"The applicability of the maxim, `he who comes into equity must come with clean hands,' depends upon the connection between the complainant's iniquitous acts and the defendant's conduct which the complainant relies upon as establishing his cause of action. Relief is not to be denied because of general iniquitous conduct on the part of the complainant or because of the latter's wrongdoing in the course of a transaction between him and a third person."
And in Section 474, Id., we find this:
"If the alleged wrongful conduct of the complainant appears not to have injured, damaged, or prejudiced the defendant, the maxim may not be successfully invoked."
In 4 Pomeroy's Equity Jurisprudence (5 Ed.), Section 1047, in a discussion of constructive trusts, this statement appears:
"By the well-settled doctrines of equity, a constructive trust arises whenever one party has obtained money which does not equitably belong to him, and which he cannot in good conscience retain or withhold from another who is beneficially entitled to it * * *."
And the Ohio rule, as stated in 27 Ohio Jurisprudence, Money Received, Section 2, is:
"Where one receives money that in equity and good conscience belongs to another, the latter may recover it as money received to his use. In other words, `the action lies in every instance where one has come into possession of money which should in good conscience be refunded to another.'"
Of course, law digests do not constitute the best authority for any proposition, but we have checked all the references hereinbefore made and they are justified by virtue of their annotations, and there are numerous decided cases referred to in the various digests, which sustain all that has been quoted herein.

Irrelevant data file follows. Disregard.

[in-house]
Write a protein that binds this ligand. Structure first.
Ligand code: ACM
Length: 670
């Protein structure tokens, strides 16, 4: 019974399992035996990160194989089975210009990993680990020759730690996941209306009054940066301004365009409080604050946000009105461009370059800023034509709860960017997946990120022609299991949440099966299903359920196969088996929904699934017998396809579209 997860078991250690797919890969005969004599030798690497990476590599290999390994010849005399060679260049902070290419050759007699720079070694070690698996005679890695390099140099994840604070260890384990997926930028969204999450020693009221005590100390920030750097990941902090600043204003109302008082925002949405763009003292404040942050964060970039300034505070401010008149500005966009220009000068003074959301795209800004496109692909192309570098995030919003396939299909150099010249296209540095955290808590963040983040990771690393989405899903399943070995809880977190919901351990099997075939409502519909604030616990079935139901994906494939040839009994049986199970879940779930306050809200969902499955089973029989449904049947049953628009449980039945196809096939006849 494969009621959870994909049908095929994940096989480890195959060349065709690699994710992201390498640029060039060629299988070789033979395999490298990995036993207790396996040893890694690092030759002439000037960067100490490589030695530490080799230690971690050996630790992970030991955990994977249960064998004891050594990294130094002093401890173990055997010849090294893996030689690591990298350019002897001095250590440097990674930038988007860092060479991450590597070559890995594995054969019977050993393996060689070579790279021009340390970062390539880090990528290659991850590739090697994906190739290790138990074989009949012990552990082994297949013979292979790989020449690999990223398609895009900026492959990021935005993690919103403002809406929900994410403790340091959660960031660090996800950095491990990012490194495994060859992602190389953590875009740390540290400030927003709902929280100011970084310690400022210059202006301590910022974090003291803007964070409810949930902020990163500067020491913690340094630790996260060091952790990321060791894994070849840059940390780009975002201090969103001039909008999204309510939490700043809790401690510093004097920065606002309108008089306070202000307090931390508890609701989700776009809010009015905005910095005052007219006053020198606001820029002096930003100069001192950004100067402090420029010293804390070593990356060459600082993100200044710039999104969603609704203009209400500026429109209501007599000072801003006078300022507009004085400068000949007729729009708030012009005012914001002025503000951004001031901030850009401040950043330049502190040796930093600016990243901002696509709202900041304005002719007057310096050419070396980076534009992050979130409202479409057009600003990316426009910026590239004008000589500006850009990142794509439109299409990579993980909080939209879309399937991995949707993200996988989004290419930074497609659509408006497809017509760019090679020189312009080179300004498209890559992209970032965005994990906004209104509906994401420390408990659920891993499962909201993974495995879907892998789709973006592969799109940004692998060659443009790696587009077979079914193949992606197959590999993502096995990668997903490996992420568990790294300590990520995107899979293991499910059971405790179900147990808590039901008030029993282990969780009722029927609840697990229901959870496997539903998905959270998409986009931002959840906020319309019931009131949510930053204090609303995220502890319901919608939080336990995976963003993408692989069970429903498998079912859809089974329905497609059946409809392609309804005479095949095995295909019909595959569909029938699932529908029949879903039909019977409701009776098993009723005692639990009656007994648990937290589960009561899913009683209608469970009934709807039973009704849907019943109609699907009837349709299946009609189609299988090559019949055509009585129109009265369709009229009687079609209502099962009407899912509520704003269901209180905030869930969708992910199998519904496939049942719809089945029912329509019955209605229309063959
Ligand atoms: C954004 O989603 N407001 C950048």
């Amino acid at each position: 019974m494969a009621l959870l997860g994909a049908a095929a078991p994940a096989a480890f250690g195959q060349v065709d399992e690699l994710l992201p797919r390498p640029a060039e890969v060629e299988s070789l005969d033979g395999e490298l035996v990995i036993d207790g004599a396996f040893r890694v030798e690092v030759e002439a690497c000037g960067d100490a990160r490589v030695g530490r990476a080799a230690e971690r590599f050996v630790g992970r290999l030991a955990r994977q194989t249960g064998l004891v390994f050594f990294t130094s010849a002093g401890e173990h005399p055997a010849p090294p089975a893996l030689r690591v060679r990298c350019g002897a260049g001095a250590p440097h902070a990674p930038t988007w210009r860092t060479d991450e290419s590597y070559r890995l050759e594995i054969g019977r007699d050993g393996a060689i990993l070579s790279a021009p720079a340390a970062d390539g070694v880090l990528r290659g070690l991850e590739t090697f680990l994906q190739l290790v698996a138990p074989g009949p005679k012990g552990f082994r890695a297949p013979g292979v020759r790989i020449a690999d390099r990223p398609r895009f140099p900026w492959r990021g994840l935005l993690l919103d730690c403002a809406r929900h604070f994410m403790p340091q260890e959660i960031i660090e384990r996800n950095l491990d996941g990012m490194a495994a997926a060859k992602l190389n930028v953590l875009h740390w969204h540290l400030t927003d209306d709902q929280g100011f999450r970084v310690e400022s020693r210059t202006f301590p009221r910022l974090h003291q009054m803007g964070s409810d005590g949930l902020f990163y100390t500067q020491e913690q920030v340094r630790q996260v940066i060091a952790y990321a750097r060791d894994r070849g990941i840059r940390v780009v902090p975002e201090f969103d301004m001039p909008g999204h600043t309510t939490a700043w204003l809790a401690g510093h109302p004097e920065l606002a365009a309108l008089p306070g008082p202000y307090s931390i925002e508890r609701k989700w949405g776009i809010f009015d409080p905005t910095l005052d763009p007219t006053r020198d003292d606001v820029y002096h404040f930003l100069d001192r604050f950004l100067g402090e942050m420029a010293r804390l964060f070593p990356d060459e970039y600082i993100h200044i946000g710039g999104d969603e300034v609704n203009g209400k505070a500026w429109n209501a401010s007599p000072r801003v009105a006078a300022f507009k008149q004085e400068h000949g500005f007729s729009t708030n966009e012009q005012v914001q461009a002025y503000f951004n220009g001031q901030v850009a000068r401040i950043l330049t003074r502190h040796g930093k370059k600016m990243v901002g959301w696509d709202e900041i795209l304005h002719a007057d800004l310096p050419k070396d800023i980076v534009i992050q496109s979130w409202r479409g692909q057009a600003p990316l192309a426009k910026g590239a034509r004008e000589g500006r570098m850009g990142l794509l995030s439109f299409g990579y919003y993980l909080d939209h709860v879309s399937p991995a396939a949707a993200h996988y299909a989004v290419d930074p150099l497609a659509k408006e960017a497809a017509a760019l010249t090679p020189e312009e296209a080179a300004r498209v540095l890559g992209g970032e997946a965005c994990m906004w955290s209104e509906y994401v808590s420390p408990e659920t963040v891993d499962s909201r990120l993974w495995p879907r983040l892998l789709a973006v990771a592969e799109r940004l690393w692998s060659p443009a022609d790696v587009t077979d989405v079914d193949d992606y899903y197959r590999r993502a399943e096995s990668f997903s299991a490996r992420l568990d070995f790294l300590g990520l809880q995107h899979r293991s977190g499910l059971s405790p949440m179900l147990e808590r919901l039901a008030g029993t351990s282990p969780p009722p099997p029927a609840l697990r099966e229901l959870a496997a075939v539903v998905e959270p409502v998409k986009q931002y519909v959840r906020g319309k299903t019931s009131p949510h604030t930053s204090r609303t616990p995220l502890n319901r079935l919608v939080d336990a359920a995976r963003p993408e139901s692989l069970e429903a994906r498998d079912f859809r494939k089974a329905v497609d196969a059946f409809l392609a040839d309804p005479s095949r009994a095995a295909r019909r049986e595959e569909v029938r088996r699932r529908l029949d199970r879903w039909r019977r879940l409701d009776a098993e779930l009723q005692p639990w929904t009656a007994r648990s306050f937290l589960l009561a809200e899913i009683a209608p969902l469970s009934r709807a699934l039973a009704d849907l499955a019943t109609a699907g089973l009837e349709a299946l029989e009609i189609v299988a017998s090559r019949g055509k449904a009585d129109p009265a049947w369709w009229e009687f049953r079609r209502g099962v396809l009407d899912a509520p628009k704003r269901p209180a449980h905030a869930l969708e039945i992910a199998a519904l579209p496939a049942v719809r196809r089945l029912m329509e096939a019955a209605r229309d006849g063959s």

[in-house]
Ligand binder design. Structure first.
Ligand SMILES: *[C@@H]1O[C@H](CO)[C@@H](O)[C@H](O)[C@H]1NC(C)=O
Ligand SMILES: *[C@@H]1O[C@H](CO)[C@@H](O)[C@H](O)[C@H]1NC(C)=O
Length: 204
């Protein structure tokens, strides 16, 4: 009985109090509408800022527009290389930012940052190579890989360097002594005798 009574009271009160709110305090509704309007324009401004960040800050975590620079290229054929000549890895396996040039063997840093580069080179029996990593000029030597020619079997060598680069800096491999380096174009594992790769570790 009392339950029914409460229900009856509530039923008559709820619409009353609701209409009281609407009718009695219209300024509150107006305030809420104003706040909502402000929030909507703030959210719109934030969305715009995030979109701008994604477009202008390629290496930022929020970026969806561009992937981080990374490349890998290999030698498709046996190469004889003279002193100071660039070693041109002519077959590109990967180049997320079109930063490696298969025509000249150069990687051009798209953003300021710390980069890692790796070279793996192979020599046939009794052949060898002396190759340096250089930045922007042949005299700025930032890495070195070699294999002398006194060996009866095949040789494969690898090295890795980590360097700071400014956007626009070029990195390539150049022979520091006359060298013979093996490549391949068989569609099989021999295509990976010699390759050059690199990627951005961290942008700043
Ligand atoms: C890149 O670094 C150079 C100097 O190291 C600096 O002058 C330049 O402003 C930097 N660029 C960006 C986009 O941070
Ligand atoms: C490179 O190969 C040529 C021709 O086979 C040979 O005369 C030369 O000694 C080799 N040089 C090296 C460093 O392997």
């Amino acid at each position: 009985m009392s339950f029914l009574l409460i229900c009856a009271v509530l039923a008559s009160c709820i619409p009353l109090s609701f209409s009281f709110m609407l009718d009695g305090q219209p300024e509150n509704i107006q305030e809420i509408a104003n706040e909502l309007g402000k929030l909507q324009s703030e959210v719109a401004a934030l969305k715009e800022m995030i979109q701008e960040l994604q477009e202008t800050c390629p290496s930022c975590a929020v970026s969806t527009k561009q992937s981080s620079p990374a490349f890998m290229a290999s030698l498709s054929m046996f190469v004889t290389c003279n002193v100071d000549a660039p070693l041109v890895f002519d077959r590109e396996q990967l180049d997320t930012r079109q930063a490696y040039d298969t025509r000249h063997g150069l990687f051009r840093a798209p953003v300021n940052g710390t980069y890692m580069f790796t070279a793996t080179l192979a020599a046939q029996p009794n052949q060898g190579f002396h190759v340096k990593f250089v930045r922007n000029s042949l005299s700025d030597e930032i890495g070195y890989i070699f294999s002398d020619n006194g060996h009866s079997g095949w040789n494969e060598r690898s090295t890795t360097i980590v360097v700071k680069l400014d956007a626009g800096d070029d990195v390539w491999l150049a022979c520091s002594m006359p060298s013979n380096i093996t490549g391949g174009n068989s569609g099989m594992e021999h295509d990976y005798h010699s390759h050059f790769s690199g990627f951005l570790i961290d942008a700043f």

We direct attention in particular to one case — that of Langley v. Devlin, 95 Wn. 171, 163 P. 395 — and to the last paragraph of the syllabus therein, which is:
"In an action to recover an interest in corporate stock, secretly retained by defendants out of the purchase price on the sale of plaintiff's stock, it is no defense that the plaintiffs and defendants did not deal fairly with third parties who were interested in the sale and that plaintiffs did not make all persons interested in the subject matter parties to the suit; since the principle that he who comes into equity must come with clean hands does not apply to defeat the enforcement of a contract because a third party was defrauded, where the defendants first invited the fraud, the third party is not complaining but made common cause with the plaintiff, and there is no evil in the subject matter of the contract."
Finally, it is our conclusion, and we must state, that James McClanahan, being in no sense connected with the people whom he claims were defrauded or with the alleged attempt to defraud them, and having profited as hereinbefore stated, is in no position to invoke the doctrine which he claims as an aid to him in retaining this property. And in this conclusion, no injustice is done him.
It follows that there may be a decree for the plaintiffs, granting their right to an accounting from the defendants, and counsel for the plaintiffs may draw an entry accordingly.
DOYLE, P.J., and STEVENS, J., concur.
MONTGOMERY, J., of the Fifth Appellate District, sitting by designation in the Ninth Appellate District.